6.             For those in second marriages, what baggage are you reading into your present partner from previous partner/s? It’s common to see in a present partner what we struggled with and ultimately rejected in our former partner. It is often a default, because our vision is now piqued or skewed a particular way. Could it be true that we might have a bend toward a certain kind of perception? What stories are we unconsciously saying to ourselves? Is a skewed perception preventing you from seeing what is virtuous and acceptable about your present partner? Baggage will always prevent contentment in marriage.
7.             A warning needs to be issued: please expect matters in your marriage to get worse before they get better. Too many times we see that marriage counselling as the silver bullet when in all reality most people leave counselling far too late when significant damage has already been done. Undoing the damage takes time. A fair expectation for change is 1-2 years. Why should we be in a hurry? What’s most important is the willingness to begin the work, and the commitment to follow it through. All I’m saying is it is challenging work. Counselling is necessary, but most of the work is done by the couples applying the principles spoken about. It all takes time.
8.             Two questions for me as the helper in the session are, 1) ‘Lord, make me aware of what I need to be aware of in this situation, Amen’; and 2) ‘Lord, am I seeking to serve this couple or to exert power?’ I am a helper and I am responsible. I recognise I have power, and that power is influence. It’s a precious thing I must take seriously. I want you to know that I want you to challenge me if ever you feel it necessary. I am aware of the power I have and need to help you. But, relationally we are equals here. That said, I want you to be aware that your perceptions are yours alone, and they need to be tested with others to see if they are shared, otherwise they are only your truth and not the truth.
9.             As dynamics develop in the session itself, the above questions need to be at the forefront of my mind and thinking, even to the extent of discerning whether each partner in the couple is seeking to serve the other or to exert power. We are always aiming to serve the other and die to self. Wherever we cannot model that there will be a gentle bringing to account.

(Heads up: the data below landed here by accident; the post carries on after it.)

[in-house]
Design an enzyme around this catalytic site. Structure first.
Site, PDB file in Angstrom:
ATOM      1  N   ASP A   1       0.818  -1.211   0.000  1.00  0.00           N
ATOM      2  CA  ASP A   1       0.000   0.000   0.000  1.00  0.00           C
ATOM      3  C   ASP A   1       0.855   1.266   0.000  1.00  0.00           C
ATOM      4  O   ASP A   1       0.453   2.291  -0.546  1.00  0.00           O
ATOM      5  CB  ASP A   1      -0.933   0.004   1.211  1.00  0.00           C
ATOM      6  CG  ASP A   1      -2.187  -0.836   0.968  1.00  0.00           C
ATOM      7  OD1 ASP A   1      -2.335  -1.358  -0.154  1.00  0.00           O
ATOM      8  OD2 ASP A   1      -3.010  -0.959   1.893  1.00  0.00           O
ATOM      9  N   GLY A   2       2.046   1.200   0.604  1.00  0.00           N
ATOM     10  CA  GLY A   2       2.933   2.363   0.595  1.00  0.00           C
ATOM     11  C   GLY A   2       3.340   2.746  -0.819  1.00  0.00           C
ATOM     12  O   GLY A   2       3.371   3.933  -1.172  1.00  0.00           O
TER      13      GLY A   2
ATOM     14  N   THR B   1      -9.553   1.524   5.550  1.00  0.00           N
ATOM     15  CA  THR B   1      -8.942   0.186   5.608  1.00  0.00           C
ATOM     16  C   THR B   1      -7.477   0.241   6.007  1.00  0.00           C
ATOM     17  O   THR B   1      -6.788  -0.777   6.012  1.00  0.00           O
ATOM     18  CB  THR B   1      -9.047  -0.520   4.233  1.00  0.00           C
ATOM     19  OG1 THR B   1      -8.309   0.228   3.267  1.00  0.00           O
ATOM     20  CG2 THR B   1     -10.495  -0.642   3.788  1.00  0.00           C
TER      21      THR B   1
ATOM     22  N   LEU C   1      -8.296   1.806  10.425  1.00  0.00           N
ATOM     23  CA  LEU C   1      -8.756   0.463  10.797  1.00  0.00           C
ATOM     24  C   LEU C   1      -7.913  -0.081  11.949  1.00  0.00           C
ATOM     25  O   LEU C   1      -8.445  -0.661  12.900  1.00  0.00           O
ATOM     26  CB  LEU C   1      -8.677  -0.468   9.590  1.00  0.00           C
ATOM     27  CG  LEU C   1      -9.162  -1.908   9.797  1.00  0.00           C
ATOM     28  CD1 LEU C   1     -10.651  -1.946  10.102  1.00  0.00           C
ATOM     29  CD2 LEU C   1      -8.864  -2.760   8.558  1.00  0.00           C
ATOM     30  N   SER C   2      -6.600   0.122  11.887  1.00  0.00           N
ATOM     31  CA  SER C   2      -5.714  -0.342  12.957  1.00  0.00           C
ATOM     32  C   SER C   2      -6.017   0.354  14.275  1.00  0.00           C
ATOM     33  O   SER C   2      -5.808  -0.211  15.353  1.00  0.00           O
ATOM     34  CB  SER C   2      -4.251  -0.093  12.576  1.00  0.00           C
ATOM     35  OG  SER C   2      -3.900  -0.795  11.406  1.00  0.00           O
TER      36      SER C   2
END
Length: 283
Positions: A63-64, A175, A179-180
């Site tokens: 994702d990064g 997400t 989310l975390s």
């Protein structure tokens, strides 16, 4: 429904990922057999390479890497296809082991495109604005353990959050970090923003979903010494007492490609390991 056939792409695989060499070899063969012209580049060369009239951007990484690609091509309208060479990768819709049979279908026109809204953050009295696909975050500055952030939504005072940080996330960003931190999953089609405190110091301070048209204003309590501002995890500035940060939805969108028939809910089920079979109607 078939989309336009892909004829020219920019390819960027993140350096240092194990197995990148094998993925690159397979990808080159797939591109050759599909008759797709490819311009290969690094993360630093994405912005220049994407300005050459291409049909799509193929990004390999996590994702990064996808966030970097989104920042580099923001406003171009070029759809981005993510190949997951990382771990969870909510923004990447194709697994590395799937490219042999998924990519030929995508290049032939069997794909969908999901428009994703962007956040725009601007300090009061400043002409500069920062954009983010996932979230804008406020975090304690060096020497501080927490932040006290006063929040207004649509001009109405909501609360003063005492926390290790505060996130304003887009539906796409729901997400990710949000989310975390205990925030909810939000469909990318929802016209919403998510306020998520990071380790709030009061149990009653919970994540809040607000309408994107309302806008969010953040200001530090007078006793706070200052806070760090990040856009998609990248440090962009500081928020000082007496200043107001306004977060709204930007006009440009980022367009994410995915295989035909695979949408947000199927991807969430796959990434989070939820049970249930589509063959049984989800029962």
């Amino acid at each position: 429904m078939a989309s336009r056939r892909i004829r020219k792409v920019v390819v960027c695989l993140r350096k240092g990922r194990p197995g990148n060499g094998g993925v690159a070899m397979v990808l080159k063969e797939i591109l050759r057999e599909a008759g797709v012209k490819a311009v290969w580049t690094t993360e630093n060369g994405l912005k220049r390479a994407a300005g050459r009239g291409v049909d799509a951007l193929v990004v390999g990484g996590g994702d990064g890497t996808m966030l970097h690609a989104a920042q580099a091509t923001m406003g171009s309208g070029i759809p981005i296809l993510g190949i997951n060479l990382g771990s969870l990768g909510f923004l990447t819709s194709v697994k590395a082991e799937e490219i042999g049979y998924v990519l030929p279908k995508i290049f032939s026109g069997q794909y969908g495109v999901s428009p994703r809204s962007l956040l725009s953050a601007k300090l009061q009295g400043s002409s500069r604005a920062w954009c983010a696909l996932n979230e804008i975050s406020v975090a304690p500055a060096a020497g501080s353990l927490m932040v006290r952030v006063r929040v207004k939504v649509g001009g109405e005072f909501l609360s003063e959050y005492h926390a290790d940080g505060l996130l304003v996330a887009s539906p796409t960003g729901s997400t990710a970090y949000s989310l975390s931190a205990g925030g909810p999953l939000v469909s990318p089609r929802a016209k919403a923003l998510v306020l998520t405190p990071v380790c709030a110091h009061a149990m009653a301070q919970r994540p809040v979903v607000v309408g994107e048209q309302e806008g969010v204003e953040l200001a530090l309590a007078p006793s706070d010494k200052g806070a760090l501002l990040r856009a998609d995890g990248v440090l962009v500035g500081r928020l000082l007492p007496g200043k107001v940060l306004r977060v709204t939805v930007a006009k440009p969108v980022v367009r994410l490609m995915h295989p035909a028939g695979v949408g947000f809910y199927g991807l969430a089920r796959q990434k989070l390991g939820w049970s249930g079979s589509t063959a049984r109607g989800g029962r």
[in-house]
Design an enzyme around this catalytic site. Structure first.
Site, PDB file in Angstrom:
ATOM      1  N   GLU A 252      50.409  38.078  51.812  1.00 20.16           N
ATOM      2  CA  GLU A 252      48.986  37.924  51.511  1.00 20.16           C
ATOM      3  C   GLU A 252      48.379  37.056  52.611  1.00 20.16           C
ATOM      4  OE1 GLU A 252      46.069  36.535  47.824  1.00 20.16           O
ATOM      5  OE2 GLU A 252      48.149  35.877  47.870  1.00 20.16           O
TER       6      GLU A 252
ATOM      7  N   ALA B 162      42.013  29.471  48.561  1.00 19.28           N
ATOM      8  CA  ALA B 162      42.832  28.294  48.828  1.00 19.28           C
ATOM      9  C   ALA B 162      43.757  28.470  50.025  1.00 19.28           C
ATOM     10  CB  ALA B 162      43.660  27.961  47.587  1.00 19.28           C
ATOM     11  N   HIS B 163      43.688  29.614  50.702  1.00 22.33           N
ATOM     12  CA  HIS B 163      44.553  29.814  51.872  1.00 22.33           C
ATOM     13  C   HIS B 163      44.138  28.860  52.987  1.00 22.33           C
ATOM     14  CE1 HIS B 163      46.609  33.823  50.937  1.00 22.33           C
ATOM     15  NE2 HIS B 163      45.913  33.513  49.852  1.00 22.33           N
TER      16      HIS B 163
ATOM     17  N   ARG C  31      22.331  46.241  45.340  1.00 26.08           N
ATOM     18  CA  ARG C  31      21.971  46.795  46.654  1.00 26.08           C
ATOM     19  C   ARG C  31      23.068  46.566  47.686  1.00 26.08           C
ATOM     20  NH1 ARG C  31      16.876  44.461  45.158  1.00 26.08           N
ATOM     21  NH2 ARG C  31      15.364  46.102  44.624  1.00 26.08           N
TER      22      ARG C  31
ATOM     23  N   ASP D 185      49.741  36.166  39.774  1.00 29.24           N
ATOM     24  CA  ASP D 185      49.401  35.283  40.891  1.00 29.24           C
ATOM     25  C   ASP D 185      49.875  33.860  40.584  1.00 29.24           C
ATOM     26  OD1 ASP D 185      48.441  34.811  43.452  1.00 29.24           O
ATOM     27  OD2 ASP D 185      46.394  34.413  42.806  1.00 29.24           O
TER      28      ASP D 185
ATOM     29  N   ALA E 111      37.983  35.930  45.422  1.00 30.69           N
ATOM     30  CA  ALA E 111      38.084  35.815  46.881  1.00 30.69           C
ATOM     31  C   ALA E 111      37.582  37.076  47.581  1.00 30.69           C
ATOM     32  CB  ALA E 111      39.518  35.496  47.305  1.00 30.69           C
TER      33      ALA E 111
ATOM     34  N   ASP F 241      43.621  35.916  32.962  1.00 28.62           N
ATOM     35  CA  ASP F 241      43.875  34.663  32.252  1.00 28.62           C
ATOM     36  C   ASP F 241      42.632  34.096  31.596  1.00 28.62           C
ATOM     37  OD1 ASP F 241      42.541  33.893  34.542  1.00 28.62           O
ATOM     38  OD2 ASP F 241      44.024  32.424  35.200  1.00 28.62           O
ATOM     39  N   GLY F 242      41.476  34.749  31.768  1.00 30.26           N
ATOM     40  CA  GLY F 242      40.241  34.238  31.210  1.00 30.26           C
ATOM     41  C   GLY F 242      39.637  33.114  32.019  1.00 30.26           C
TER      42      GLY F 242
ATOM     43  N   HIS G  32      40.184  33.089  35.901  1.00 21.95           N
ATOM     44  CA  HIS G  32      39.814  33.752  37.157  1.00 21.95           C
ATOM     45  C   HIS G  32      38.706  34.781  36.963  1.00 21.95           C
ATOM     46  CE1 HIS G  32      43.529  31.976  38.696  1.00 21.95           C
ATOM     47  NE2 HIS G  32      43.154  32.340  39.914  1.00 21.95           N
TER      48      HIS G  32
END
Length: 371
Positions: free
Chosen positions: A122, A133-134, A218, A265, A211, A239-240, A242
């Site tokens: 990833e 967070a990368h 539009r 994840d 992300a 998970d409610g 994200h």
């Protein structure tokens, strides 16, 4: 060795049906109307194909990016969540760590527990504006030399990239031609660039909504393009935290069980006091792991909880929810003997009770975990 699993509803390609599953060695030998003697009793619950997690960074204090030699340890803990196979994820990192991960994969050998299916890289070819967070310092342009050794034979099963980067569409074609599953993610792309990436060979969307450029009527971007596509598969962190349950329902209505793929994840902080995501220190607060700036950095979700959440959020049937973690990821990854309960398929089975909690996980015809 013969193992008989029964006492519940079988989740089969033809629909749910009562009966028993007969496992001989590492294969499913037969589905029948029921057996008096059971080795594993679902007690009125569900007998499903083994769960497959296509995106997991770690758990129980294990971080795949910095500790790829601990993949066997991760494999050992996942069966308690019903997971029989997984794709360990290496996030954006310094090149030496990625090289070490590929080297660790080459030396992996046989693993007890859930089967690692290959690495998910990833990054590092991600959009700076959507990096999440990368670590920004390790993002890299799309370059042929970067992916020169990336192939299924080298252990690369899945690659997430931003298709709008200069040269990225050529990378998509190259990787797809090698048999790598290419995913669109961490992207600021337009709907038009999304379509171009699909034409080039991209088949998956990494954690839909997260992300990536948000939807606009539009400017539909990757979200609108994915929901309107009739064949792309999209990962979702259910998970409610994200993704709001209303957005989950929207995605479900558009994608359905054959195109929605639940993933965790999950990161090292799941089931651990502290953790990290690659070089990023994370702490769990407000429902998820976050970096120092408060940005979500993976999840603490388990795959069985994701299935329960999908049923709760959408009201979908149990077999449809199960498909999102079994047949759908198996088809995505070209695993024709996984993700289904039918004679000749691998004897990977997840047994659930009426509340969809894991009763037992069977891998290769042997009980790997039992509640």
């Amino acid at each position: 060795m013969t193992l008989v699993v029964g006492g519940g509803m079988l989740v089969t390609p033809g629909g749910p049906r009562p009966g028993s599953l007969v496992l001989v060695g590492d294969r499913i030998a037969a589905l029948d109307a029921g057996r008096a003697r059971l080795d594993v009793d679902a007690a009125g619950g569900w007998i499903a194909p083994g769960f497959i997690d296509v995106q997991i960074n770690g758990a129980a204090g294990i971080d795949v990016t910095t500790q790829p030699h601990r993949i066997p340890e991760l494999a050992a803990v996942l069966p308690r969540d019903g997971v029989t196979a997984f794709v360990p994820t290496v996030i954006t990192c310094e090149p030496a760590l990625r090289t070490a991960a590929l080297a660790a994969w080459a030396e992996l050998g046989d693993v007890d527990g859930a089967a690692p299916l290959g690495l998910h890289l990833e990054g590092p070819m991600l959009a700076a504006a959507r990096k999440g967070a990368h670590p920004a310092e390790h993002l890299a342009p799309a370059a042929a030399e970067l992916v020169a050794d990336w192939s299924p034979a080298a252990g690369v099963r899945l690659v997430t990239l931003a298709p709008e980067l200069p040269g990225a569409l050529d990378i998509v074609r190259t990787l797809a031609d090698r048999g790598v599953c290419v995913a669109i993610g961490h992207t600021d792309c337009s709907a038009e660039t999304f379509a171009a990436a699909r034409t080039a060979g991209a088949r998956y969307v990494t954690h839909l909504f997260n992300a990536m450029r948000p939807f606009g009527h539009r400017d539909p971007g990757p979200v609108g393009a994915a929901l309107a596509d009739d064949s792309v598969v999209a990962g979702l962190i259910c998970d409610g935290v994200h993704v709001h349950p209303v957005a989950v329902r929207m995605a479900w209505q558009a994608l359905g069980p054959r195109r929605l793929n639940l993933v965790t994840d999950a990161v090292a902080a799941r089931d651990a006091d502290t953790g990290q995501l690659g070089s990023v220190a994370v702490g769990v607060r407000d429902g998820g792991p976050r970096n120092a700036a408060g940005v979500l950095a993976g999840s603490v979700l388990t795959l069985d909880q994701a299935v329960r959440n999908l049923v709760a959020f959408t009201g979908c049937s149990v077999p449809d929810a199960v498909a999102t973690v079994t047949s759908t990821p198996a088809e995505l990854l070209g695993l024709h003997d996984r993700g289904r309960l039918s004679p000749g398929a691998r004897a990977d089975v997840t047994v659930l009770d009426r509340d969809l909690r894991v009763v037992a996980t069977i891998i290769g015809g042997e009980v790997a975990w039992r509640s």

10.        Where does the Third Entity feature in your marriage? Is God central in the Presence of your marriage? Do you take things to the Lord, individually about yourselves and together as a couple? Does God convict you of your sin? Does God help you get the log out of your own eye? Does that then lead to confession, apology, forgiveness and restoration? Again, I teach PeaceWise.
11.        I want you to leave your first session, and do this in subsequent sessions too, prepared not to react angrily with your partner for what they said or did not say or for anything they did. Take it to the Lord for a day or three. Raise it only in a productive way. Value and exemplify the safety we will model in this counselling process.
12.        Finally, I am going to ask you to trust me. This may be a strange request given that you are already trusting me. But what I am asking is that you would continue to trust my guidance, especially when it is one of you only who wants to rescind that trust. If one still trusts, the other ought to trust me enough to share with me how I’ve hurt you or missed you. Challenge me. If you both are of one accord to remove your trust I will respect your decision. By all means, test what I say with others. If it isn’t from God, it needs to die.

Sunday, June 3, 2018

The responsibility we have to friends

Deep friendships mean abysmal betrayals, when, for some reason, the relationship ends.
Inevitably every close relationship, friendships particularly, are affected by conflict, and ultimately some skirmish occurs to test the strength of trust between two buddies.
There’s deep hurt, sorrow, anguish, and loneliness. But things can get even more complex if one or both begin to interact from a platform of that hurt.
It stands to reason that it’s when we’re hurt we have more capacity to hurt others. And when the other person is hurt they will not respond well to our hurtful comments and behaviour.